Monday, May 31, 2004

Thanks for the Nanomemories, Part II

Steve Pawloski, head of Intel's Microprocessor Technology Lab, doesn't mention the "n-word" by name in this interview, but to me it seems nanomemory will be key to the solution. Grid computing is cool and it's meeting the short-term supercomputing needs of gamers, but there are limits to scalability there, too. Here's what Pawloski says:

    I think some of our models for how much bandwidth we need in the various subsystems are going to change. Generally speaking, memory will always be a bottleneck. I'm going to need huge amounts of information to do real-time searches and queries. For example, if somebody walks up and puts their thumb on a sensor, you'd like to be able to do a search, find out who that person is, and if there's any outstanding information on them that would cause you to be concerned. From a homeland security standpoint, it would be extremely valuable to have that kind of computational capability at your fingertips so that you could react in a timely manner.

    There's a well-known industry axiom that for every MIP (MIPS: millions of instructions per second) you needed a megabyte per second of performance from memory, from disk and so on. If you take this model verbatim, for a teraflop of computational horsepower you need a terabyte of memory bandwidth coming into the system in order to "feed the beast." It's very difficult to build a terabyte of memory bandwidth. We only have tens of gigabytes per second now and we're really struggling to get that. So it could argue for new memory architectures, and it could argue for new interconnect schemes and technologies that we can't envision today.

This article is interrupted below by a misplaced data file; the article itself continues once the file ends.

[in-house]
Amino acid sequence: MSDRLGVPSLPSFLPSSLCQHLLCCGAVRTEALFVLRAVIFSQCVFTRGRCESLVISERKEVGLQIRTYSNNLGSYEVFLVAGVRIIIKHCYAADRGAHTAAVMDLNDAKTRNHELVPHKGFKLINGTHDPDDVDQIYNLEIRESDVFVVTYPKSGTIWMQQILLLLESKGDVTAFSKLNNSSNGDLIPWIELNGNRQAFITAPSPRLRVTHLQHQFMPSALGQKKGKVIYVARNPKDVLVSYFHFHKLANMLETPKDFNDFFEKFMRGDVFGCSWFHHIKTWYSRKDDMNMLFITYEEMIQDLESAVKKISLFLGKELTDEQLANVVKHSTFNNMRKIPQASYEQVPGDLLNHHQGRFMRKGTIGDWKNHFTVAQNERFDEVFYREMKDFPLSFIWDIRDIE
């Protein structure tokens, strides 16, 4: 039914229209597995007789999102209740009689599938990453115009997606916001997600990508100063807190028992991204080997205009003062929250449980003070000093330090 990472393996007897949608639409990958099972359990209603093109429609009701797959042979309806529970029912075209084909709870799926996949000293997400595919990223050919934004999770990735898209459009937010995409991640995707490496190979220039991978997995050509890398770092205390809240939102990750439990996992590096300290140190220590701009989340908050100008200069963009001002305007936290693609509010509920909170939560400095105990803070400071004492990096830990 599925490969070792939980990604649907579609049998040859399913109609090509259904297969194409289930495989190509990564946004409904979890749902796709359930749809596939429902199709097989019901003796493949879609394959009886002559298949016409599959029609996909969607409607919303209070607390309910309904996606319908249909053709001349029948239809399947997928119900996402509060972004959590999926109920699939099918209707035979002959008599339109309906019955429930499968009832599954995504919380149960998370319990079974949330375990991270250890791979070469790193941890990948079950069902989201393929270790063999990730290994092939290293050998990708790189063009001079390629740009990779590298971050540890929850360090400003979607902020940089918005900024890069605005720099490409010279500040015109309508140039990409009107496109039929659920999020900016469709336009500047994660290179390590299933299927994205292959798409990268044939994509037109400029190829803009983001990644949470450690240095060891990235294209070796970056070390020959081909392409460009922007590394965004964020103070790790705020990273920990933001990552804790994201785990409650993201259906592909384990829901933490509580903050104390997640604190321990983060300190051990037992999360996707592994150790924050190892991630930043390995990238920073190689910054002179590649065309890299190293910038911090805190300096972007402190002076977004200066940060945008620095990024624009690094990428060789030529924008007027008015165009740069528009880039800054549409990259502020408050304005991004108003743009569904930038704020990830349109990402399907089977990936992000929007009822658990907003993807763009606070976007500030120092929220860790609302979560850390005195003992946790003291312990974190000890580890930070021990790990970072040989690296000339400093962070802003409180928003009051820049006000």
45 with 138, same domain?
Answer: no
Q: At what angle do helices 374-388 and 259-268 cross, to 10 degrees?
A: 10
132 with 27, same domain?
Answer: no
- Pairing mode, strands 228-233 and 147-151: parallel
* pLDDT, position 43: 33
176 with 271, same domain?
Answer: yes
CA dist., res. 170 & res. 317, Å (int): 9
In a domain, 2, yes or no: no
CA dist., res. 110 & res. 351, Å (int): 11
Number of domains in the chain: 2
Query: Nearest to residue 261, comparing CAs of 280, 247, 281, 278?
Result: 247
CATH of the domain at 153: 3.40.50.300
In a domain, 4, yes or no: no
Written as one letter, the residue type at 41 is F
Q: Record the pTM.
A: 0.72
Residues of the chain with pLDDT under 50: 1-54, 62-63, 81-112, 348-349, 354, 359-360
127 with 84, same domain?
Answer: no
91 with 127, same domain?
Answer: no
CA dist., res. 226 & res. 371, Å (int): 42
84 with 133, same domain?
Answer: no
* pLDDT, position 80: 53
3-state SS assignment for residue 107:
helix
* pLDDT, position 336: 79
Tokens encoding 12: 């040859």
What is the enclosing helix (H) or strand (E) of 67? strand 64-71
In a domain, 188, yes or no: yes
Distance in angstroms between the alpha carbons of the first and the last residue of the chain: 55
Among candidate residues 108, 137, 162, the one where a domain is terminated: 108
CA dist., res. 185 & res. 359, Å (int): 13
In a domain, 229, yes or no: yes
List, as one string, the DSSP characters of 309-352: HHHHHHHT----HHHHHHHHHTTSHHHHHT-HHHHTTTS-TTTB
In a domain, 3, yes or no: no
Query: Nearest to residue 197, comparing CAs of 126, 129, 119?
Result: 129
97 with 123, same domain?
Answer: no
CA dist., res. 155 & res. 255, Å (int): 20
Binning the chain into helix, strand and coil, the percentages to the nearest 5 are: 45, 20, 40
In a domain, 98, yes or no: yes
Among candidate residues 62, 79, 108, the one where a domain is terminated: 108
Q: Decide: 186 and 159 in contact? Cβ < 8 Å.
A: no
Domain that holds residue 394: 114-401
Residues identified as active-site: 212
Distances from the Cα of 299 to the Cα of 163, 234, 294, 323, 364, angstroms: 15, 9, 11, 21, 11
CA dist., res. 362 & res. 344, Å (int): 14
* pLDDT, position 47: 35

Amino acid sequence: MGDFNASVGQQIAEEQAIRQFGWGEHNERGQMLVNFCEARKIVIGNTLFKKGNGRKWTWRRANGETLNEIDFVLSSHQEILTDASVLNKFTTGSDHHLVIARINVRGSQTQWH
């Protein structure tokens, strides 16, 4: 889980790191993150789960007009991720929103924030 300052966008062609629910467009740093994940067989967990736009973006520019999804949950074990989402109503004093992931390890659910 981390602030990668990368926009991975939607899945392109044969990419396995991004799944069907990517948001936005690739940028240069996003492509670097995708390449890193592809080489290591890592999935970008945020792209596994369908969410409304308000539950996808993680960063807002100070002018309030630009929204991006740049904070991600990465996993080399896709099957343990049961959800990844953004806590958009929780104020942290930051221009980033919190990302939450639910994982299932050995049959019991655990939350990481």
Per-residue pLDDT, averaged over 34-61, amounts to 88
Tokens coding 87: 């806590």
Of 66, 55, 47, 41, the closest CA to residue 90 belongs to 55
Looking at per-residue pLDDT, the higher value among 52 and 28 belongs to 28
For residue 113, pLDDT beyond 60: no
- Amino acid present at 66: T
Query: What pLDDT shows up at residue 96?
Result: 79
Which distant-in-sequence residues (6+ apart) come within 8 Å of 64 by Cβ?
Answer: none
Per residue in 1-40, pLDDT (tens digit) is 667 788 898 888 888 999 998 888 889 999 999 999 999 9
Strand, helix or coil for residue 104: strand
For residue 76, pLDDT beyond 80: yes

Intel CTO Pat Gelsinger placed the coming "era of tera" in perspective in a speech at the Intel Developer's Forum in February. And here's Intel's page devoted to the important issue. Nanostorage will be necessary if technology is going to keep pace with humanity's need to archive every nanosecond of its life.

Related Posts
Thanks for the nanomemories, Intel
Welcome to our Nano Nightmare

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